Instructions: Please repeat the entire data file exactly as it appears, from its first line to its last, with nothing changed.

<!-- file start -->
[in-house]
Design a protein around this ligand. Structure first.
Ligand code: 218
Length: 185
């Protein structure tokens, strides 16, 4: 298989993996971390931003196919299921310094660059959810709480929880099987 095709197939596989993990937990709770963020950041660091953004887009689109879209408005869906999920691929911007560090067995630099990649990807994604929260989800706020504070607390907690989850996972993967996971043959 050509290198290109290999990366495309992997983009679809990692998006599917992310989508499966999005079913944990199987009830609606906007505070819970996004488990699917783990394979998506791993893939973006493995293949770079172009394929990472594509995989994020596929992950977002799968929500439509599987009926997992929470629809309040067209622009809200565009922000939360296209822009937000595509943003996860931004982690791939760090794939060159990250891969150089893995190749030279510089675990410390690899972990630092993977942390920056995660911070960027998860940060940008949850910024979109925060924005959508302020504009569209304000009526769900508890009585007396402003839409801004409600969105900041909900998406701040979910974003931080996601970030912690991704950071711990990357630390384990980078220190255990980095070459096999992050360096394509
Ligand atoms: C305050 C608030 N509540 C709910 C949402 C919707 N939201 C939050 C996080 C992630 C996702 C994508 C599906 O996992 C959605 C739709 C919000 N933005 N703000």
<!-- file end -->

[in-house]
Design a protein around this ligand. Structure first.
Ligand code: 218
Length: 185
């Protein structure tokens, strides 16, 4: 298989993996971390931003196919299921310094660059959810709480929880099987 095709197939596989993990937990709770963020950041660091953004887009689109879209408005869906999920691929911007560090067995630099990649990807994604929260989800706020504070607390907690989850996972993967996971043959 050509290198290109290999990366495309992997983009679809990692998006599917992310989508499966999005079913944990199987009830609606906007505070819970996004488990699917783990394979998506791993893939973006493995293949770079172009394929990472594509995989994020596929992950977002799968929500439509599987009926997992929470629809309040067209622009809200565009922000939360296209822009937000595509943003996860931004982690791939760090794939060159990250891969150089893995190749030279510089675990410390690899972990630092993977942390920056995660911070960027998860940060940008949850910024979109925060924005959508302020504009569209304000009526769900508890009585007396402003839409801004409600969105900041909900998406701040979910974003931080996601970030912690991704950071711990990357630390384990980078220190255990980095070459096999992050360096394509
Ligand atoms: C305050 C608030 N509540 C709910 C949402 C919707 N939201 C939050 C996080 C992630 C996702 C994508 C599906 O996992 C959605 C739709 C919000 N933005 N703000």